Literacy has a negative association with malaria; illiterates and those with just primary education have higher risk of malaria. This was expected as literacy gives a better understanding of infectious diseases and the protective measures required. However, earlier studies [10, 14] in India did not find an association between education and malaria risk. In Yadav et al, 2014 , the sample size was just 71 households, while in Sharma et al, 2015, only no schooling, primary and secondary grades were included, and college education was not included in the education characteristics. ST who are at higher risk of malaria have lower literacy rate (59%), when compared to the national average of 73% .
Malaria risk was higher in those who carry out agricultural and allied activities when compared to respondents who are self employed or get wage/salary. Agricultural activities require significant time to be spent outdoor, and consequently are highly exposed to malaria bites. A recent study from Mandla district in Madhya Pradesh shows households having own farmlands to have a significant association with malaria .
Size of the household (> 6 members) contributed a significant risk on the malaria incidence. Family size/number of people in the house/number of people per room have been shown to be an important risk factor for malaria [10, 13, 28–31], as crowding attracts more mosquitoes due to strong olfactory signals . As observed in studies carried out in India [10, 13, 33], Indonesia , and sub-Saharan Africa , access to outside water source is a major risk factor of malaria, as dependence on outside source for water, especially in dusk and dawn increases the chances of mosquito bite. Furthermore, households using tube-wells as outside water source have risk of malaria , as tube-wells are suggested to have more stagnant water around them due to improperly maintained drainage facilities . Poor toilet facility (sanitation) is another important household risk factor of malaria, and is in-line with earlier studies carried out in India  and elsewhere [33–35, 37]. Use of unclean cooking fuel is also a major risk factor (odds increase by 1.5 times) for malaria. In addition, damp wall/ceiling was also associated with increased malaria risk; damp walls favour indoor resting of mosquitoes . The three household determinants: outside-water source, improper toilet facility and unclean cooking fuel increases the likelihood of bitten by mosquitoes outside the house. Increased time required for outdoor cooking using unclean cooking fuel could be a reason for its higher odds. Free clean cooking fuel (liquid petroleum gas connection) has been given to > 80 million Indian households through the Pradhan Mantri Ujjwala Yojana (PMUY) scheme . Through this scheme, it is expected that 80% of the households will have clean cooking fuel by 2019 . In addition to improving the standard of living, the PMUY scheme may also help in malaria control and elimination efforts.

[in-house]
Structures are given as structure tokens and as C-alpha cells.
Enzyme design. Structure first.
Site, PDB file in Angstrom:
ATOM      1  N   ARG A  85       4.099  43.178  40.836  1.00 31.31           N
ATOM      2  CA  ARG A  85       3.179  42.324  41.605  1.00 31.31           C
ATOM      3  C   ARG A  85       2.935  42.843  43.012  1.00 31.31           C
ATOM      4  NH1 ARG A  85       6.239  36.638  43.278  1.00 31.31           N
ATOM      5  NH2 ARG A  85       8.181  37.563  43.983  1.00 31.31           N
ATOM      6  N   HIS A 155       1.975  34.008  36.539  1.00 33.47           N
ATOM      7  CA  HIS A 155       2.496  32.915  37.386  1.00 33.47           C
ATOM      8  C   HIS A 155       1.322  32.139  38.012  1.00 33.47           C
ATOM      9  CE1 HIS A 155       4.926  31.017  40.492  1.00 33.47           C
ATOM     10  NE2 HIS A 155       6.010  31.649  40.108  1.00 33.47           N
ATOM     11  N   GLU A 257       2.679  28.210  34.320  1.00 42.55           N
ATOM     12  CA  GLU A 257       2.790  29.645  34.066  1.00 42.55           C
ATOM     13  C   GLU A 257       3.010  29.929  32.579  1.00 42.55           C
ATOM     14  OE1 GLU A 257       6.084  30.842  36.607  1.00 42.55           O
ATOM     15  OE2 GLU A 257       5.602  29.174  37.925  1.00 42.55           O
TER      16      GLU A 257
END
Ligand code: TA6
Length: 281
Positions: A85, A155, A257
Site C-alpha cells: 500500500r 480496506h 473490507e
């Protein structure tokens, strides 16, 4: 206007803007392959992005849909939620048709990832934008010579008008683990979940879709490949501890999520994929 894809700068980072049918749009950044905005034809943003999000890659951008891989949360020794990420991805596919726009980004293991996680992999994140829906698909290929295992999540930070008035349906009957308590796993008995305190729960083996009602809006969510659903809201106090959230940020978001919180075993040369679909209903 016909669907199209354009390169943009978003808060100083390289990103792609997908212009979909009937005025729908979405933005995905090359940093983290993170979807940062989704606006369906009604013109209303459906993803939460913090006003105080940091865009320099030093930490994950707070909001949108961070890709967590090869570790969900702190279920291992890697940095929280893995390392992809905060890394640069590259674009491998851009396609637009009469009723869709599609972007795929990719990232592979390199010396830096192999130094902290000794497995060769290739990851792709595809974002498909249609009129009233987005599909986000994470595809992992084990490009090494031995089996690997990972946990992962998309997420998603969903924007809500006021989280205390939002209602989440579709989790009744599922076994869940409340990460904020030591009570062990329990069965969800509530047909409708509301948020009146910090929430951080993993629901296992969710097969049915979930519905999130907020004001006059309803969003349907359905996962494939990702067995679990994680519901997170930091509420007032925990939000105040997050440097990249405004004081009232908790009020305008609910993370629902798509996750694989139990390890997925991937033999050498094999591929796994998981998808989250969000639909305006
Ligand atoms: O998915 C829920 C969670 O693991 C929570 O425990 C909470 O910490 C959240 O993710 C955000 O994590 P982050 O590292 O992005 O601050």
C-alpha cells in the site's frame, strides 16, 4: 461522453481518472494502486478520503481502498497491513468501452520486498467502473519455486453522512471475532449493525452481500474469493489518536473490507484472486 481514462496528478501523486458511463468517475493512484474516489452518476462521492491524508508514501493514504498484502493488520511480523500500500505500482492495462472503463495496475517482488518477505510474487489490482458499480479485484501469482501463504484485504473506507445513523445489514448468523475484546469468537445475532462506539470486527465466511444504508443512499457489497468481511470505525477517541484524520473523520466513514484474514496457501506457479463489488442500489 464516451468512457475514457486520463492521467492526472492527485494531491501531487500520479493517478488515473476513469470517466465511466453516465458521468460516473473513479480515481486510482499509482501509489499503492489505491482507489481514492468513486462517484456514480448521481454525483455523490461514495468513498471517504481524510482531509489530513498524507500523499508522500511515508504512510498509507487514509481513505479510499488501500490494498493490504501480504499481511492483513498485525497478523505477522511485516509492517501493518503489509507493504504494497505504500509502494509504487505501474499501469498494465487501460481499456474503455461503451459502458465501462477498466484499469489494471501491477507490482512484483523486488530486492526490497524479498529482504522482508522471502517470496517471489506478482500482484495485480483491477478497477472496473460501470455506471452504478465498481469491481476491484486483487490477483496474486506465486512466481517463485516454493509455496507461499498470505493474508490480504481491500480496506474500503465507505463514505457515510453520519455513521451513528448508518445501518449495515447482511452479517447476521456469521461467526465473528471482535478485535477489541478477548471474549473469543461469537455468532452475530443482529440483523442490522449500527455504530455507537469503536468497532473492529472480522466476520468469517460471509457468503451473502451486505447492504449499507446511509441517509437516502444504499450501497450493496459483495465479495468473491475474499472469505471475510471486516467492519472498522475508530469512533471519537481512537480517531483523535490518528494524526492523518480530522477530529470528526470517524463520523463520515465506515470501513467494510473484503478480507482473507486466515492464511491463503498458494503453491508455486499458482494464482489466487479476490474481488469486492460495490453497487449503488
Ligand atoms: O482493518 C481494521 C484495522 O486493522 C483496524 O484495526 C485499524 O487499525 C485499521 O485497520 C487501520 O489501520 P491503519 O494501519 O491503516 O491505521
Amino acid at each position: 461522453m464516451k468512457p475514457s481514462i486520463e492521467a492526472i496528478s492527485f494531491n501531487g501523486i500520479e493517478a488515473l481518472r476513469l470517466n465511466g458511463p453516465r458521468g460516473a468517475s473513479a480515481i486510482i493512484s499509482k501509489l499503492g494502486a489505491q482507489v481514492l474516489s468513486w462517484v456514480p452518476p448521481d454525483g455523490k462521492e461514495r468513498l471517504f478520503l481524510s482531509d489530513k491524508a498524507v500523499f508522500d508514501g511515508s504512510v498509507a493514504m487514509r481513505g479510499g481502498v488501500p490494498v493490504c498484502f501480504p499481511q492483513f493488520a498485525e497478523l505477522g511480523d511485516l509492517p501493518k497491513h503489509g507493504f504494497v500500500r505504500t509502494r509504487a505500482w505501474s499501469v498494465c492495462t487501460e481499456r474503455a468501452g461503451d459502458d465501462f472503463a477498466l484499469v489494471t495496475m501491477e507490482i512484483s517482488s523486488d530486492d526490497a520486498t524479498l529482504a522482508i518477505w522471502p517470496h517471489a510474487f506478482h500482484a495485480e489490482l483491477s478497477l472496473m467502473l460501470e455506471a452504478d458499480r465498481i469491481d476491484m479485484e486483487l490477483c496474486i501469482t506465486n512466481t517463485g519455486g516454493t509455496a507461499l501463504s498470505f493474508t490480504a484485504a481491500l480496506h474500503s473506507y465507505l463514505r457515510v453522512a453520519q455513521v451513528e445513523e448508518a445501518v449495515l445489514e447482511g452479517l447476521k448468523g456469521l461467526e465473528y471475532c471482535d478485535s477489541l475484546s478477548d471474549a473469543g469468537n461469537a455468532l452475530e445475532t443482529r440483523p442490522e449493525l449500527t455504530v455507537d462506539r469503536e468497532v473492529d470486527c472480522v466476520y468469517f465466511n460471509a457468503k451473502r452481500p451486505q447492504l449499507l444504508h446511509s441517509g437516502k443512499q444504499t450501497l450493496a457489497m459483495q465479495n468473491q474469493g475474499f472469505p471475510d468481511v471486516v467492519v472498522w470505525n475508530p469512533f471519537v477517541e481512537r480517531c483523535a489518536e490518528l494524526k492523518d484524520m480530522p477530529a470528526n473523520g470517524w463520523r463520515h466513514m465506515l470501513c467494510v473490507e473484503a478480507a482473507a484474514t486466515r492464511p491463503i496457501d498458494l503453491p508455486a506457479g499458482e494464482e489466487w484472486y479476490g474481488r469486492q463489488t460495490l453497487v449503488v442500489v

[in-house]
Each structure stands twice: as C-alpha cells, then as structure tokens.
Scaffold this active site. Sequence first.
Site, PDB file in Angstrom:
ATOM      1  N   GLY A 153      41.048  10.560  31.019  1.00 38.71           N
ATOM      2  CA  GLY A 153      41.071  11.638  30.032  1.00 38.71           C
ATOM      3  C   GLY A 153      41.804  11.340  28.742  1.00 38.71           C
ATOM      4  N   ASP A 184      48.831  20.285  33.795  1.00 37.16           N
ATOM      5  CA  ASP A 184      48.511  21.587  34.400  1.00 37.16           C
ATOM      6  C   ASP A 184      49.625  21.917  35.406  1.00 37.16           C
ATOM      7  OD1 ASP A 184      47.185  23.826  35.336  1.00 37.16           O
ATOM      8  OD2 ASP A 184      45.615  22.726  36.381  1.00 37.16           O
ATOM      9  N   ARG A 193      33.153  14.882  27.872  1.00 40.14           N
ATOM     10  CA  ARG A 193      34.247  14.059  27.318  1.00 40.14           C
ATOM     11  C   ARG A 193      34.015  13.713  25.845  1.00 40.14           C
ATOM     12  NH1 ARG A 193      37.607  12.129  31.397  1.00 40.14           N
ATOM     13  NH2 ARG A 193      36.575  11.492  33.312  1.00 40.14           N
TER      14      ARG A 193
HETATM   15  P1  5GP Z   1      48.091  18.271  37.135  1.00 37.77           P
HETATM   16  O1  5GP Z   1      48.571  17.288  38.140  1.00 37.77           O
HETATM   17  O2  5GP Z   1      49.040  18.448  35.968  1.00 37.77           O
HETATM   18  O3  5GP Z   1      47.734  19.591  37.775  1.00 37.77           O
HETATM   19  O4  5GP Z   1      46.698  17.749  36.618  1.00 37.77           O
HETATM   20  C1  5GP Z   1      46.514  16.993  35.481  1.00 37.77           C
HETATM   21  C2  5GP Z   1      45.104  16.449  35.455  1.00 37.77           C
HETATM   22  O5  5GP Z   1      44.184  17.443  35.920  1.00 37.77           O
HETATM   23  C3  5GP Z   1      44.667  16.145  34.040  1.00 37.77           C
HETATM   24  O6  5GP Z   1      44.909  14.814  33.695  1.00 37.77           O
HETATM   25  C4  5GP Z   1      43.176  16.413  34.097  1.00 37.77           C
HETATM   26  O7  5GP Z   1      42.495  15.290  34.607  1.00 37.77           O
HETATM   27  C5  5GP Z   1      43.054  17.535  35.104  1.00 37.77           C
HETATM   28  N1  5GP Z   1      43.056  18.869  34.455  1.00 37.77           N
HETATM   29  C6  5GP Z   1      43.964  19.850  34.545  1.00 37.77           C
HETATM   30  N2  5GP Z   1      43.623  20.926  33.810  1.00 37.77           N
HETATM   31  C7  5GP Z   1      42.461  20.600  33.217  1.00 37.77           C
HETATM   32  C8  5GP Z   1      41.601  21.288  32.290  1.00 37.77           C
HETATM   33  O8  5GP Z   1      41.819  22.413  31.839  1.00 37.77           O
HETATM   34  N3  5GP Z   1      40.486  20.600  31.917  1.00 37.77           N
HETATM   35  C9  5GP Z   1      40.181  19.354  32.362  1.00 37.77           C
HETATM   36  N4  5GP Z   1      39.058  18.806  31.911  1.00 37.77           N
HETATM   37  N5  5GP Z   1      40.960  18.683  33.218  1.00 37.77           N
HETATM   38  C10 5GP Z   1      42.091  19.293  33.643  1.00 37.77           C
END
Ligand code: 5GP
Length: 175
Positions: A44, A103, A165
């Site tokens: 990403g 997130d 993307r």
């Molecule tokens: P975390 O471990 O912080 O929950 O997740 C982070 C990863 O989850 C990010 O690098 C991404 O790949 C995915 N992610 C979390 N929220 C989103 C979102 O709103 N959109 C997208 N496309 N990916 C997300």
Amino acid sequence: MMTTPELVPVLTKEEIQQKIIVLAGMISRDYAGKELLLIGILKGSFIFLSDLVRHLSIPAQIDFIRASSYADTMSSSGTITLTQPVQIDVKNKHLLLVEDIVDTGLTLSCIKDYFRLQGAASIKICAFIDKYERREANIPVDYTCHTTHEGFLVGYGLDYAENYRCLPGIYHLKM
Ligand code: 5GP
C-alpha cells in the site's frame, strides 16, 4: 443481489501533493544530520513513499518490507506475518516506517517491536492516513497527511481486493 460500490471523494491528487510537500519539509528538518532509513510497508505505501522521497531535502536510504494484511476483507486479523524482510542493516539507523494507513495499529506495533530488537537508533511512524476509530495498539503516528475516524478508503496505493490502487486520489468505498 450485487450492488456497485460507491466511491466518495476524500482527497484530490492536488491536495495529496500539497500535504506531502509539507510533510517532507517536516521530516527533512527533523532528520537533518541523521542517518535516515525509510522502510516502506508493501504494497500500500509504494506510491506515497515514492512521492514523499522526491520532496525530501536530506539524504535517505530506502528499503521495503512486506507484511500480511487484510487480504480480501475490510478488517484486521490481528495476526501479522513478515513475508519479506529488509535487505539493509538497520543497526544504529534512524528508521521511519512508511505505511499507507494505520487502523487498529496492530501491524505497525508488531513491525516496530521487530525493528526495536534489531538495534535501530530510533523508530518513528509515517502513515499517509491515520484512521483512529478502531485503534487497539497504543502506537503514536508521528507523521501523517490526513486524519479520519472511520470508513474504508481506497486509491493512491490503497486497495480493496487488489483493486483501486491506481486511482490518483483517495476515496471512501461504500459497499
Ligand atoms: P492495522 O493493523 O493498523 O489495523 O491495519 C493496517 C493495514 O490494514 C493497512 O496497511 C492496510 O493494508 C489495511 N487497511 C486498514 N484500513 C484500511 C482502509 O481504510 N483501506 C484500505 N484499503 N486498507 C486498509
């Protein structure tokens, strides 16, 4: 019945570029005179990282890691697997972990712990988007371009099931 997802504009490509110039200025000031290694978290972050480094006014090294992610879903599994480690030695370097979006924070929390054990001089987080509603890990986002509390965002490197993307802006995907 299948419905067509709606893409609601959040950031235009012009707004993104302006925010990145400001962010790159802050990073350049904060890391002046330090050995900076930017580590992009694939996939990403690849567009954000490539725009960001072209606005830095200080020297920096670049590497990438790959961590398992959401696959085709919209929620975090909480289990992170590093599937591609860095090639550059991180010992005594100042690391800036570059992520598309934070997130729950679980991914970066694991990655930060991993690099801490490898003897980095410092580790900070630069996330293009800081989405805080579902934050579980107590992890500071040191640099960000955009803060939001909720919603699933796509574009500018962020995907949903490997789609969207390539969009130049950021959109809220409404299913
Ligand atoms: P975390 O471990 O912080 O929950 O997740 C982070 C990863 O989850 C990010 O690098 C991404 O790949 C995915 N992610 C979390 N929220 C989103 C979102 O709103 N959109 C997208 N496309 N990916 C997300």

Malaria is considered to be a disease of the poor [41–43], and several studies have shown significant association between poverty and malaria [13, 44–46]. There are also studies that have shown no association between malaria and socio economic status of the household [13, 44, 47, 48]. Interestingly, even though prevalence of malaria is higher in poorest, after adjusting the other socio-economic variables, richest were found to have slightly higher risk of malaria than the other economic categories. Urban malaria is predominantly caused by Pv, and as this is a pan-India study, a higher proportion of respondents positive for Pv could have been from urban cities, and are likely to be socio-economically forward. For example, Uttar Pradesh, the most populous State in India has predominantly Pv . Furthermore, richest, especially in urban cities may get tested promptly, and report accurately. However, the socio-economic-housing risk factors like rural residence, caste (ST), education levels, housing conditions, sanitation, unclean cooking fuel, improper water source and damp wall/ceiling strongly suggest poverty to be a risk factor for P. falciparum malaria, especially in the tribal dominated States of Jharkhand, Chhattisgarh, Madhya Pradesh, Odisha, Mizoram, Tripura and Meghalaya.
The major limitation of the study is that it is limited to adults ≥ 45 years old. Malaria affects all age groups, and this study captures only a particular age group. Furthermore, as malaria prevalence is self-reported, the accuracy cannot be verified.
Overall, the study gives important insight on socio-economic and housing determinants of malaria. In parallel to parasite and vector control strategies, improving the socio-economic and living conditions, especially in malaria dominated tribal pockets would greatly accelerate the malaria elimination efforts.